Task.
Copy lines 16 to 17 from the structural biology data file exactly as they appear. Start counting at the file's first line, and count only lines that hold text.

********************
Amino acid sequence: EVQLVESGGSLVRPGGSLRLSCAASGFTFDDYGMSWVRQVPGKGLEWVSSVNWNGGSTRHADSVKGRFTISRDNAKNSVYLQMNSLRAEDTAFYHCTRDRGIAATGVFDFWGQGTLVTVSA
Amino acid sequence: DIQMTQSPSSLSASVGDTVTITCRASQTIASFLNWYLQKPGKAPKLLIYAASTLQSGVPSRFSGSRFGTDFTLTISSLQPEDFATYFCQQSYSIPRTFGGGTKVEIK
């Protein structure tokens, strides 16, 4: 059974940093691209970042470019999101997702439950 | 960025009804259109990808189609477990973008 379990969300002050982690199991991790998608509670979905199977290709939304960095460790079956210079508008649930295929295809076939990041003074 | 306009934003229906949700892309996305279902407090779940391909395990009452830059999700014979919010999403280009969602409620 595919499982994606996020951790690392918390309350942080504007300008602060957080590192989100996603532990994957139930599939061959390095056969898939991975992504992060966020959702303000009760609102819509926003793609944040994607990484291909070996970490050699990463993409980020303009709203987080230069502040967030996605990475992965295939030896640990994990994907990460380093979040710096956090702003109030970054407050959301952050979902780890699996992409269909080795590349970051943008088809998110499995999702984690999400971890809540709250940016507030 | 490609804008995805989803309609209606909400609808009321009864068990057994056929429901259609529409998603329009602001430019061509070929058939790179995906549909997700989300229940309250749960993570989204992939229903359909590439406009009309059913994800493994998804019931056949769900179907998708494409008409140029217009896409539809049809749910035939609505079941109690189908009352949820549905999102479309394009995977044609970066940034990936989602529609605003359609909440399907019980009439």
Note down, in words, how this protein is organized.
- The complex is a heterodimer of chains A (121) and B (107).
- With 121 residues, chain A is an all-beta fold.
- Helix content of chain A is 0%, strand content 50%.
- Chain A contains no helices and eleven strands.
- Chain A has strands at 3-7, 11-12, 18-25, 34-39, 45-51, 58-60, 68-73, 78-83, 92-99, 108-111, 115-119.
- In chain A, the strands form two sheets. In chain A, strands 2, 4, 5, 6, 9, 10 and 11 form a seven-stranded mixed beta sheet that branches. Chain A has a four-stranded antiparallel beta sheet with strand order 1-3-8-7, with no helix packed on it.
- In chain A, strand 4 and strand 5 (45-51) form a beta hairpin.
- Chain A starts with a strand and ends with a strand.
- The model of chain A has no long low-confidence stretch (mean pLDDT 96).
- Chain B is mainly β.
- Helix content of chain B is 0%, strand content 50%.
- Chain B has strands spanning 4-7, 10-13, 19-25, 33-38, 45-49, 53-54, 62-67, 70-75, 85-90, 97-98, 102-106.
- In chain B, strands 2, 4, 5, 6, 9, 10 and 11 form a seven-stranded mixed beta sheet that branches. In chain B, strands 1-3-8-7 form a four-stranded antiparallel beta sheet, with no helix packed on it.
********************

- Chain B has strands spanning 4-7, 10-13, 19-25, 33-38, 45-49, 53-54, 62-67, 70-75, 85-90, 97-98, 102-106.
- In chain B, strands 2, 4, 5, 6, 9, 10 and 11 form a seven-stranded mixed beta sheet that branches. In chain B, strands 1-3-8-7 form a four-stranded antiparallel beta sheet, with no helix packed on it.